The Picanto is powered by a 65bhp 1.1 litre 12 valve 4 pot engine. Not the most powerful of engines, but in this application, it is should prove adequate – afterall, the Picanto weighs in fully equipped at a lightweight 852kg’s. This engine can be paired with either a 5 speed manual gearbox or a 4 speed automatic transmission, and the car I drove was fitted with the latter transmission.
The 1.1 litre 65bhp engine that powers the Picanto
Started up, the engine hums along quite silently, and is virtually inaudible from inside the cabin. Small vibrations inherent in a 4 pot engine with no balancer shafts does get through to the steering column though, but in all honesty, this is a common trait even in cars costing twice as much as the little Kia.
On the move though, the vibrations get smoothed out, but it’s replaced with a coarse drone from 3,000rpm onwards. The little motor obviously struggles with the amount of mass it’s asked to shift. With 3 adults on board, and a torque converter in the transmission sapping up valuable horsepower, the engine felt laboured when pulling away from standstill. I have doubts this car will make it up steep inclines in the highlands, for example, where even the 118bhp 1.8 litre motor in my long-term Proton Waja felt laboured.
Another view of the Picanto - odd front grows on you after a while
Acceleration is tepid, though entirely acceptable for a car that was designed with slow city traffic in mind. In all honesty the Picanto’s nearest competitor, the Perodua Kelisa, which is equipped with a 1.0 litre engine putting out about 55bhp but weighing almost 100kg's less, feels just as mild when asked to scoot away from the lights. It eventually gets to 100km/h in about 18 seconds or so, according to our impromptu acceleration tests, and tops out at about 145km/h, as indicated on the car's speedometer, where the little Kia starts to feel like too much is being asked of it. The combination of a little engine screaming its lungs out close to its redline, wind noise and tyre rumble positively discourages drivers from maintaining this sort of pace in the car. Cruising at 110km/h seems fine though, with road and engine noise kept to within reasonable standards of the class. I didn't get a chance to put the car's economy to the test, but the owner assures me that he's done over a week's worth of daily commuting to the tune of 70km a day on a tankful of super unleaded. That's impressive economy at any rate.
What impressed me even more than the frugality of the Picanto was its ride quality. Cars with wheelbases this abrupt have no right to ride this serenely. The little red Picanto I was in soaked up all sorts of bumps and ruts with considerable poise and was never overtly flustered by potholes that are standard fare in the streets of Kuala Lumpur. Soft, absorbent ride ensures occupant comfort that Kia genuinely should be proud of. In fact, the ride comfort of the Picanto easily beats that of the much, much larger Sorento SUV from Kia. Where the large SUV would bounce and lurch uncomfortably, suggesting inadequate damping, the little Picanto just takes it in its stride and always stays calm and composed.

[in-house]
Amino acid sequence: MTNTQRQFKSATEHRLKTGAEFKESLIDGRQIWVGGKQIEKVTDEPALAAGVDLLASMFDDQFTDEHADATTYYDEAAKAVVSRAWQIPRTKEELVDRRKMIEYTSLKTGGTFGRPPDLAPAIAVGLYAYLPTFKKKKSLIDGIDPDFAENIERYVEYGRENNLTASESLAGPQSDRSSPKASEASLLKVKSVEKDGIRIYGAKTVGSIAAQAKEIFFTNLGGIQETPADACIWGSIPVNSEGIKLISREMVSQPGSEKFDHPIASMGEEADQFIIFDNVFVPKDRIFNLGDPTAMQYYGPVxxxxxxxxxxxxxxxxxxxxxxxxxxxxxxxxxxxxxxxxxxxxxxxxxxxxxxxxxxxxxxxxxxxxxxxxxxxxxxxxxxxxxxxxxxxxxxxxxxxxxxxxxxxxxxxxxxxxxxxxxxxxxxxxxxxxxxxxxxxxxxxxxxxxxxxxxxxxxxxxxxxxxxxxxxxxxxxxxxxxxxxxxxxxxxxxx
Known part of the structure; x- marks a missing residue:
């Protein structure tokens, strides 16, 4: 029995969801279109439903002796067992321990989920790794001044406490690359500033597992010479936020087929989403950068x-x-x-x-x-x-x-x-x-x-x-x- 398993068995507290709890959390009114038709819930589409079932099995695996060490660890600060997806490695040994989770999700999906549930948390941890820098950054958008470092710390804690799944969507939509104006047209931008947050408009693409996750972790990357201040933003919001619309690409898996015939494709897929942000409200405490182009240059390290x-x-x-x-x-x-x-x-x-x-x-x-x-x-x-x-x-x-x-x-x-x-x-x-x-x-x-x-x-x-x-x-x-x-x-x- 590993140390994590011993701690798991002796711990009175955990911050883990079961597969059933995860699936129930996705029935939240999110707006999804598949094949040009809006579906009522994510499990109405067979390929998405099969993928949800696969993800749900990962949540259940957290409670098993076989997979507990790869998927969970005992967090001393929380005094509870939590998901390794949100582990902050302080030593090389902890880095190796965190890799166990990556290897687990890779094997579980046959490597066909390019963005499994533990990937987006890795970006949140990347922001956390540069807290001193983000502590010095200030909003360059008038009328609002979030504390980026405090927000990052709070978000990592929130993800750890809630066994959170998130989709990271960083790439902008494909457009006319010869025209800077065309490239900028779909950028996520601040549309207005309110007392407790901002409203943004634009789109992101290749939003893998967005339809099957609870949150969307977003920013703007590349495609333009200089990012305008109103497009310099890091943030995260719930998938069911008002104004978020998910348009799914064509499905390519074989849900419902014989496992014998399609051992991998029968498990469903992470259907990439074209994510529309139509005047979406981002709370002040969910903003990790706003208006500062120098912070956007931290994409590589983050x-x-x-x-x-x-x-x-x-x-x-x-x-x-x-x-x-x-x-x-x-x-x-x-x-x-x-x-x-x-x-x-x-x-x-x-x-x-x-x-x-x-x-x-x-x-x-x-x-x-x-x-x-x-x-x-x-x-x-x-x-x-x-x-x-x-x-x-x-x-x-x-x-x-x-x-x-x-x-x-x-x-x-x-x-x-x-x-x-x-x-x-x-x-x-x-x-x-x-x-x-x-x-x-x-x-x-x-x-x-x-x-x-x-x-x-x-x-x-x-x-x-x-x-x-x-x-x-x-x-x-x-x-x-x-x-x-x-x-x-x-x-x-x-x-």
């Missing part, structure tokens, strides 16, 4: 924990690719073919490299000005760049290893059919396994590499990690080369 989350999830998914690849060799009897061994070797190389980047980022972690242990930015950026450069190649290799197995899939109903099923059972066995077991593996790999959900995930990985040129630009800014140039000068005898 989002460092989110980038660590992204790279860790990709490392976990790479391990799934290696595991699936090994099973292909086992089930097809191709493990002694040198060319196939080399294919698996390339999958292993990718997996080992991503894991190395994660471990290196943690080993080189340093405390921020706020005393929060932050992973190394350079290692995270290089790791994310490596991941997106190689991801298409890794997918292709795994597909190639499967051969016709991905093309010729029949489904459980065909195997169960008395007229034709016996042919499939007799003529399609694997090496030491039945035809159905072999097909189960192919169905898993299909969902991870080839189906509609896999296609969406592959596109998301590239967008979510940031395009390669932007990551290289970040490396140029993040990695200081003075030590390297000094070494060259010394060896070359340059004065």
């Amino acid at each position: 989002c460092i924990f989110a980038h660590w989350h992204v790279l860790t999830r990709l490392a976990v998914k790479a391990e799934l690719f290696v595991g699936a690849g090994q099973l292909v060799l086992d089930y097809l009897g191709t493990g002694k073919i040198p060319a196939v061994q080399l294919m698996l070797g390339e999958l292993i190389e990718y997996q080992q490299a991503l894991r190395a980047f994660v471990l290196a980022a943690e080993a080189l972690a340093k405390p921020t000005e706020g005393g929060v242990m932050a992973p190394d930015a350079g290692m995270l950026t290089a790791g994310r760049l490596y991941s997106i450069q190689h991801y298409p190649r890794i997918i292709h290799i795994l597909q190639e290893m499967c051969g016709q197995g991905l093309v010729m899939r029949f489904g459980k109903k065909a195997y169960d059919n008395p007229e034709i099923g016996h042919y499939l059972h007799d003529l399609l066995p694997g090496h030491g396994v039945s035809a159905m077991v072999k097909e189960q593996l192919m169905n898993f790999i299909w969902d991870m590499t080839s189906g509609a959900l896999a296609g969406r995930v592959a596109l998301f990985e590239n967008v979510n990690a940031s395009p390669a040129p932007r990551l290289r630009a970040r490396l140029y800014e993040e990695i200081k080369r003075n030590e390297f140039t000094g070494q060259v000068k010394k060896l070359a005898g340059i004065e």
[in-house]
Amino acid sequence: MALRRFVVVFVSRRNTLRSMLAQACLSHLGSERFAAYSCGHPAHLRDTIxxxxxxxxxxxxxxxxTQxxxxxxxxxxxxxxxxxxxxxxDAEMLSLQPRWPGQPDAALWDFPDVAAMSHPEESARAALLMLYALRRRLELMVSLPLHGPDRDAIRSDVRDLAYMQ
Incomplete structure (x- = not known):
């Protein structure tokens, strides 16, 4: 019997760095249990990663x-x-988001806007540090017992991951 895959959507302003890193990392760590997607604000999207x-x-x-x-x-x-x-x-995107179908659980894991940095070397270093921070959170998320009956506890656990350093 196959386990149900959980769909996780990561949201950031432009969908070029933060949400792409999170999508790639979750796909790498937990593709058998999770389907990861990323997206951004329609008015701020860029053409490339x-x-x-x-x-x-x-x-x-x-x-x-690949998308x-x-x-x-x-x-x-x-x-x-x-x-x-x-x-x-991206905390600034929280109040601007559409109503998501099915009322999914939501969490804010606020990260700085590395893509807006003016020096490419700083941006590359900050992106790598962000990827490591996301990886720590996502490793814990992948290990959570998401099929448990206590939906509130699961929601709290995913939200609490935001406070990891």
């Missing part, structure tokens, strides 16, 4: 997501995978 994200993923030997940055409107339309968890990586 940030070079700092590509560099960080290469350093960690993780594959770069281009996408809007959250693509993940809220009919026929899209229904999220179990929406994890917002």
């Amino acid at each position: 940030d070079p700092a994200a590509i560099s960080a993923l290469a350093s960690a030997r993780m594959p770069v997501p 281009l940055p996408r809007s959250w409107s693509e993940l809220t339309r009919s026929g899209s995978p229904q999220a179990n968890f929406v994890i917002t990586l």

At silly speeds though, the soft, pliant suspension exacts a toll as the car is easily thrown off course by small bumps in the road. We also found that the Picanto was very sensitive to cross-winds, something drivers should be aware of. Driving on the highway, gusts of wind to the side of the car could easily be felt pushing the car off course, no doubt caused by the car’s rather slab-sided body.
The suspension also bottoms out readily when fully laden, and enthusiastic cornering is best avoided as the tall body of the Picanto readily leans into corners, understeering pretty early and rolling onto the sidewalls of its outside front wheel at relatively modest cornering speeds, threatening to take the nearest guardrail along for the ride is the driver isn’t cautious of the car’s limits.
The little Kia’s driver will certainly also not appreciate the woolly steering. The power assisted tiller lacks feel, and never really encourages you to explore the car’s handling. The driver is never fully aware of what the front wheels are doing, but truth be told, its normal for this class of car. Expecting a razor-sharp helm is perhaps too much to ask from what is still essentially a budget city car.
As package, the little Kia is an amazing car for its price. It has the quality, equipment levels and ride comfort of a car much larger in size and price yet remains awesomely affordable. If you don’t really need the rear seat space to lug around the wife, 2.5 kids and the golden retriever, the Picanto represents a brilliant buy. Definitely worth having a look, but if you want one now, you better be patient, because nationwide waiting lists run longer than that for the BMW 5-series. Kia is quoting 3-6 months for delivery – and for once, I feel that waiting list is there for a really, really good reason.